The average American voter does not care about Libya. That may sound harsh, but it’s generally true. The average American does however care a great deal about gas prices. So perhaps it is no surprise that as the regime of Moammar Gadhafi falls, American news outlets are trying to explain the news out of Libya within the frame of prices at the pump. Heck, it was the first idea that came to my mind as I thumbed through the morning news. (An hour later, I posted this blog post.) But that's just one perspective, and perhaps the falling of another Middle Eastern dictator calls for a different perspective on the relationship between war and oil.
The conventional wisdom today is that gas prices will fall in the United States because an end to the Libyan civil war brings stability to the global oil market. Great! Time to lasso up the old sport utility vehicle for a three- to five-hour Labor Day drive to your nearest outdoor getaway. It will be important to make sure that the vehicle is crammed with camping provisions and filled with 18 gallons of the most delicious Middle Eastern petroleum available. It’s likely to be available at the discount rate of just $3 a gallon.
The hopes of $3 gas are fascinating when you consider that the last time political primary debates were happening, $3 gas was scaring the American consumer. When Democrats were duking it out for the nomination in 2007, it was none other then former Sen. Mike Gravel (D-Alaska) who put it as bluntly as possible: “You see $3, but there’s another $4, which is what we spent to keep American troops around the world to keep the price. So you are paying more than $7 a gallon; you just don’t know it,” he said.
I’m not quite sure where Gravel got his $4 figure, but his point is not lost when you consider the number of American troops stationed in petroleum-rich regions of the world. This amazing infographic from Mother Jones puts our oil policy in perspective when you look at the strategic places where hundreds of thousands of American troops are stationed. Next, consider that the American taxpayer provides about $663 billion to fund the defense department and its operation of more than 700 military bases in 130 countries around the world. So that’s more than $663 billion from 300 million citizens.
Adding insult to injury is the amount of fuel being used to conduct these fuel-based military operations in the Middle East. A CNN.com article pointed out recently that, “One out of eight U.S. Army casualties in Iraq was the result of protecting fuel convoys. A post on Scaling Green contained a video of FTI Consulting’s Adam Siegel recalling a chat with Gen. Richard Zilmer. In that conversation, the former commander of troops in the Anbar province of Iraq told Seigel, “I need renewable energy because getting fuel to my base is putting people's lives at risk.”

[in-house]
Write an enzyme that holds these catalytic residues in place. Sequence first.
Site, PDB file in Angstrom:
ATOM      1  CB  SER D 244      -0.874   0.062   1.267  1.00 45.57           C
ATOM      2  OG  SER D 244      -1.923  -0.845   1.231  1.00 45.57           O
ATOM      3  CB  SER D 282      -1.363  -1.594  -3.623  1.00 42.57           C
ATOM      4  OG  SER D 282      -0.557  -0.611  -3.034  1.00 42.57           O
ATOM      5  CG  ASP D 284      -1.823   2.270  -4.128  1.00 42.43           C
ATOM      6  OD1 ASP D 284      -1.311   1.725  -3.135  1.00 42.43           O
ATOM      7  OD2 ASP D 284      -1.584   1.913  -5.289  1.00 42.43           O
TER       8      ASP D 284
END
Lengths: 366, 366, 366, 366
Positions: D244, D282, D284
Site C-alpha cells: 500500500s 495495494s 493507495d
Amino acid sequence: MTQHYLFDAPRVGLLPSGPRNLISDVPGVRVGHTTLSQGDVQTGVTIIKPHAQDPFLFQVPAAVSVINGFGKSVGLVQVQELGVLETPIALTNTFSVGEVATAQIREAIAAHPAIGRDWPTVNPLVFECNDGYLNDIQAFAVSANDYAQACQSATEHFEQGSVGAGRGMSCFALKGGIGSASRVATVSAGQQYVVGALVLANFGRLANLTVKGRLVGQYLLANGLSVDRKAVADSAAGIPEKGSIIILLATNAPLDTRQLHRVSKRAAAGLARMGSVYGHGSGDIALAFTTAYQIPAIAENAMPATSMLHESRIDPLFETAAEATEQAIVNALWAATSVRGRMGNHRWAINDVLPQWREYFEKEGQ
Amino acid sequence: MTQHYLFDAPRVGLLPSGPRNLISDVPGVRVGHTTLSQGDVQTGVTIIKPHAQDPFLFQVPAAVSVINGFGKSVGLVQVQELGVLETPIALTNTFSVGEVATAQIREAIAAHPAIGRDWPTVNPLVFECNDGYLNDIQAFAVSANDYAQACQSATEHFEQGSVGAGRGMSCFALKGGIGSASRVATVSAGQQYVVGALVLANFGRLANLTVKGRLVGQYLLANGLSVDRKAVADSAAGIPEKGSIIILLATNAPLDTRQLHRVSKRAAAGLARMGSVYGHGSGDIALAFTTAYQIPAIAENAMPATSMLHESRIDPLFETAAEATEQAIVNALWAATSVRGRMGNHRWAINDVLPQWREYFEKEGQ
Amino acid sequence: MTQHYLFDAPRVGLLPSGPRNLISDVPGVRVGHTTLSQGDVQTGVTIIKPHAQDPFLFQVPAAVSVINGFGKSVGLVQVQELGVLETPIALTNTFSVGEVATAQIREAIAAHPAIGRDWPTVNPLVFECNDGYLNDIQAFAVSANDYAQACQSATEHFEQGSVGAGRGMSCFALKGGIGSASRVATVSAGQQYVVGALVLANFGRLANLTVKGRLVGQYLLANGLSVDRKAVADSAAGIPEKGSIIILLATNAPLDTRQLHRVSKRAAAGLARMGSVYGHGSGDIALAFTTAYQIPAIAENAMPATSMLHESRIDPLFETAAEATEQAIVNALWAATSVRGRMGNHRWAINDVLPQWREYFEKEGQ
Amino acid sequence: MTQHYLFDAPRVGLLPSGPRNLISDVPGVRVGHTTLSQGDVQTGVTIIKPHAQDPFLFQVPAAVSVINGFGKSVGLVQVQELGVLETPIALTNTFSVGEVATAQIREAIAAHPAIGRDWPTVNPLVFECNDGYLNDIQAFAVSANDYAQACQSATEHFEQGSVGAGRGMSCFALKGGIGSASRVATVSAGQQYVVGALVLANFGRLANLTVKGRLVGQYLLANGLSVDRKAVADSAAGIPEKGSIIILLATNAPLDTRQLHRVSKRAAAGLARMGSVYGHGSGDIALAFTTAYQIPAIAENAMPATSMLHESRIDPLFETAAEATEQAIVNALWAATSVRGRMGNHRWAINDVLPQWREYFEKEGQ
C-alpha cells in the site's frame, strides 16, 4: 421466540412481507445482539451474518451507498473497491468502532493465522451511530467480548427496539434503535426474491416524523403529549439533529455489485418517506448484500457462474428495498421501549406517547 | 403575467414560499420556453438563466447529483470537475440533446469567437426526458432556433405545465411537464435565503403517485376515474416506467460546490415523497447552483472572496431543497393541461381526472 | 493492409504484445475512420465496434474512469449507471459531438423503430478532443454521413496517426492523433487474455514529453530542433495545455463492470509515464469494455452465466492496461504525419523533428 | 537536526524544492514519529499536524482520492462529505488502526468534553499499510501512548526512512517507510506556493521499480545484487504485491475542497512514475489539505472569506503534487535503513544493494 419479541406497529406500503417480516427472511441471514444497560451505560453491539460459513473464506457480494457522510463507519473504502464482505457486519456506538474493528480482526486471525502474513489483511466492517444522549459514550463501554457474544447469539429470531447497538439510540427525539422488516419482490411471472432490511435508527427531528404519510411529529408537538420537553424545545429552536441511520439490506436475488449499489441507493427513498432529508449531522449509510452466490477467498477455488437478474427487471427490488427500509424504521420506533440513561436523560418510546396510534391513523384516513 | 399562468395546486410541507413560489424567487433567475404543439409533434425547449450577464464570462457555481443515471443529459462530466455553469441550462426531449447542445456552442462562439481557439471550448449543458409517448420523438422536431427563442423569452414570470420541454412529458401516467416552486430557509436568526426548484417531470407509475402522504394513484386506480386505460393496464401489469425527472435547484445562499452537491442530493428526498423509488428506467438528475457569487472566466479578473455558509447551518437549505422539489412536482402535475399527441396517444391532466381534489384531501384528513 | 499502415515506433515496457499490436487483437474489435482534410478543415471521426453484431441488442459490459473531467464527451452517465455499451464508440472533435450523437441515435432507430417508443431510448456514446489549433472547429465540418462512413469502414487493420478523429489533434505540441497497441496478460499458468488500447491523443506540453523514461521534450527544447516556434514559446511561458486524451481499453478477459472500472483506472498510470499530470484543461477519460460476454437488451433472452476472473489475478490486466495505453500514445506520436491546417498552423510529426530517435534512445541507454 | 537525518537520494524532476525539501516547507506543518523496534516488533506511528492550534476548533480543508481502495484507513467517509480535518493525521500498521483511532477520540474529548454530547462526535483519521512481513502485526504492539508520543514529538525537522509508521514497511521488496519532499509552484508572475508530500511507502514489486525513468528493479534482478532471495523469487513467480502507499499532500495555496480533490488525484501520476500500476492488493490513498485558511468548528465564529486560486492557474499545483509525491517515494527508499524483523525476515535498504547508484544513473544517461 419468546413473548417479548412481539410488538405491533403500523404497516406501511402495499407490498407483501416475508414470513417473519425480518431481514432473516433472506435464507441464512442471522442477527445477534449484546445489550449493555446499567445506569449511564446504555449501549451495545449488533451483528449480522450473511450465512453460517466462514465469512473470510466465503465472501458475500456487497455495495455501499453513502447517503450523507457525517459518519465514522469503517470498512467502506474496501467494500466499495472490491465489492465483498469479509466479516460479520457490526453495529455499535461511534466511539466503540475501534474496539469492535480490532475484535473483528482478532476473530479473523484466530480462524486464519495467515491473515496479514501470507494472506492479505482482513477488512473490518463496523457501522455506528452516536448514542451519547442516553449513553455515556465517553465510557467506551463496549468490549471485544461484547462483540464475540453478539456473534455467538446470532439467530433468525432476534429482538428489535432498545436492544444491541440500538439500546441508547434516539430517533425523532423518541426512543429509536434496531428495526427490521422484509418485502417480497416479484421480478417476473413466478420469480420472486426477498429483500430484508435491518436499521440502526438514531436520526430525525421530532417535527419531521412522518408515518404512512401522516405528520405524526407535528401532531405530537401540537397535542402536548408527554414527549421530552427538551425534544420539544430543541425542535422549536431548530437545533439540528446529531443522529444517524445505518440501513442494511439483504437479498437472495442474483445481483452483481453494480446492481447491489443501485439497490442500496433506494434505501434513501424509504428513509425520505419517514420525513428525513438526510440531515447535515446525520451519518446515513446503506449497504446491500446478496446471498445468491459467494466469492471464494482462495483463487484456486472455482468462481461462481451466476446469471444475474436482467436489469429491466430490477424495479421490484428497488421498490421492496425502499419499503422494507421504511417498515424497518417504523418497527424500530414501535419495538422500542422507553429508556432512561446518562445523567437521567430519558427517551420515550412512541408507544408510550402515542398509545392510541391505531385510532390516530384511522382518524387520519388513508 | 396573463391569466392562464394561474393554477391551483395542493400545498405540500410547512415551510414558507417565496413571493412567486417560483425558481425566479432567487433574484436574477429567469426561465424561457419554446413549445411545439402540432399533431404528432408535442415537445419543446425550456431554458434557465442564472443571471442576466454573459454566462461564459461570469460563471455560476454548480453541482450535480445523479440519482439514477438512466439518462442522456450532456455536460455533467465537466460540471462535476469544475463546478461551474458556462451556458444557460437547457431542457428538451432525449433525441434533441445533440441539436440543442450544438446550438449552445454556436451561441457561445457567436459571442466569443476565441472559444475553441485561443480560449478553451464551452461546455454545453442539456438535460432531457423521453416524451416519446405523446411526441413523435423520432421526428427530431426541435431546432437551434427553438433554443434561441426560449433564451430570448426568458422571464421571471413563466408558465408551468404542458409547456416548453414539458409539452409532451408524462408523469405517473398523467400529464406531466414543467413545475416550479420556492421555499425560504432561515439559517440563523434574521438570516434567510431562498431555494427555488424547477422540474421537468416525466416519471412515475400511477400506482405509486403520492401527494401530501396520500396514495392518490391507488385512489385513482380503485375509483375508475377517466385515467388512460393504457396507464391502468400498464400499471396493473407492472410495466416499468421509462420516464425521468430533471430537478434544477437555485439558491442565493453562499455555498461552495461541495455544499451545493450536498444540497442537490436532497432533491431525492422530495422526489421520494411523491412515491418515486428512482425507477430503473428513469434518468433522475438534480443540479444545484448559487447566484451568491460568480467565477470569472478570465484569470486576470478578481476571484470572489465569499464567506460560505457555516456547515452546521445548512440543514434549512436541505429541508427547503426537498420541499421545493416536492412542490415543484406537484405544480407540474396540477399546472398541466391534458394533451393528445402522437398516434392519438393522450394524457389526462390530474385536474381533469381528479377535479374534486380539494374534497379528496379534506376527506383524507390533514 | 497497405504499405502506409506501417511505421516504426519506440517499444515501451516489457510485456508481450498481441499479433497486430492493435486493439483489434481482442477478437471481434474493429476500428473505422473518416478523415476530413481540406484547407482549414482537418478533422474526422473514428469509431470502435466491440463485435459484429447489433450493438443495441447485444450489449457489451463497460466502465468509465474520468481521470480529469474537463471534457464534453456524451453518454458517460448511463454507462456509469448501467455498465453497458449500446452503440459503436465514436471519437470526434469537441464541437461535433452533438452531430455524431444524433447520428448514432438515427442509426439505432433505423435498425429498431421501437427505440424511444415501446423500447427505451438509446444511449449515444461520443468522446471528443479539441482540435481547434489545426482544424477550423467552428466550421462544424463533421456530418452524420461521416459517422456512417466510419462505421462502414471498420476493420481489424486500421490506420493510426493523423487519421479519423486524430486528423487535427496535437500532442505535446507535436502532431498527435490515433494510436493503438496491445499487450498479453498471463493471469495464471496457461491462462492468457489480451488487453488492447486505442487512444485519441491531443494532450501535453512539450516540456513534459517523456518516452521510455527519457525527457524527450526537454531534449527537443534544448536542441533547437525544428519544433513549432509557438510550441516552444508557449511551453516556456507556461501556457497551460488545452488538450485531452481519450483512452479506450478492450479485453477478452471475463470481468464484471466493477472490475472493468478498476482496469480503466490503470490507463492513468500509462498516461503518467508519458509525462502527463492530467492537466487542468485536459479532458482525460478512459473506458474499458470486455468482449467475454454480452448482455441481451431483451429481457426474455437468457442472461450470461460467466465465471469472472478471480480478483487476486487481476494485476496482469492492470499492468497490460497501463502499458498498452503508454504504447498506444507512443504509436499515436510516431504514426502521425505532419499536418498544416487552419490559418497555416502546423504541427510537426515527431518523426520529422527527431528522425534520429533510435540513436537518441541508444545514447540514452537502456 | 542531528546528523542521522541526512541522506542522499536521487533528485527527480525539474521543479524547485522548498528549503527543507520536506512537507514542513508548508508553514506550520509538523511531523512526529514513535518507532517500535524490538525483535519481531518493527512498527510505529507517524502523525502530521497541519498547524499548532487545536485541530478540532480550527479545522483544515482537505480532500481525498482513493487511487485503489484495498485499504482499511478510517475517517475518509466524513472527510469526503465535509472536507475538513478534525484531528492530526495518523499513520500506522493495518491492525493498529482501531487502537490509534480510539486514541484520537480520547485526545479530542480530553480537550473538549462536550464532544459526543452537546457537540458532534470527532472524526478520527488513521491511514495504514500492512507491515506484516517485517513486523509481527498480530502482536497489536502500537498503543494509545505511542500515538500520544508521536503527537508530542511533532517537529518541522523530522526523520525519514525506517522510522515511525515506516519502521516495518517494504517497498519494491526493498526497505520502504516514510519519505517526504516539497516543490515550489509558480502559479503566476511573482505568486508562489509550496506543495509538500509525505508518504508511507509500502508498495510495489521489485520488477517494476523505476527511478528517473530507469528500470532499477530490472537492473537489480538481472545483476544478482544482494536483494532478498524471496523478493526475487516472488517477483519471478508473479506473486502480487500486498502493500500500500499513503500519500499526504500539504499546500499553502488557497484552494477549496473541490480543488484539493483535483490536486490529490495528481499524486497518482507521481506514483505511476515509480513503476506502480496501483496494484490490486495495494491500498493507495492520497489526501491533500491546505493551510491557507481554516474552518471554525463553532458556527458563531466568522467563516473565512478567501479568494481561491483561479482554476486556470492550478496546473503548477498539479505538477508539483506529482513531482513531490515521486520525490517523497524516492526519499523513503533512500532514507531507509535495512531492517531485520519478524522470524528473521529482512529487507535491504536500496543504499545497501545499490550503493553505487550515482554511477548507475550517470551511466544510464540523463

The fuel used to run operations in the Middle East has become so substantially costly in terms of lives and dollars that it has led one veteran to switch his home to solar power. A veteran of the Bosnian and Iraq wars was recently featured in a pro-wind video, driving her wind-powered car where she says, “100 percent wind power is right for America.” Another veteran says cutting down fuel usage is in the national interest. “It would be naive to think that some of the money we spend doesn't find its way into the bad guys' hands," said Patrick Padilla, who saw heavy fighting in the Iraqi city of Ramadi in 2006. "If I can do my part to cut that down a little bit, then that's hopefully one less person getting shot at, like I had to go through."
So as we see the Libyan situation framed by the price at the pump in the United States, perhaps we should start thinking of the cost in more holistic terms. Going to national parks with the family is part of the American narrative, but that narrative also has a cost. Some costs are printed clearly on signs at gas stations. Other costs are harder to find and are printed in the bowels of defense budgets and tax filings. Other costs are more gut-wrenching and come in the form of wounded soldiers and casualties from fuel convoys and time spent on bases in remote but strategic parts of the world. These costs are complicated, emotional and economic. As a whole, these costs are potentially devastating to the United States, no matter what you pay at the pump.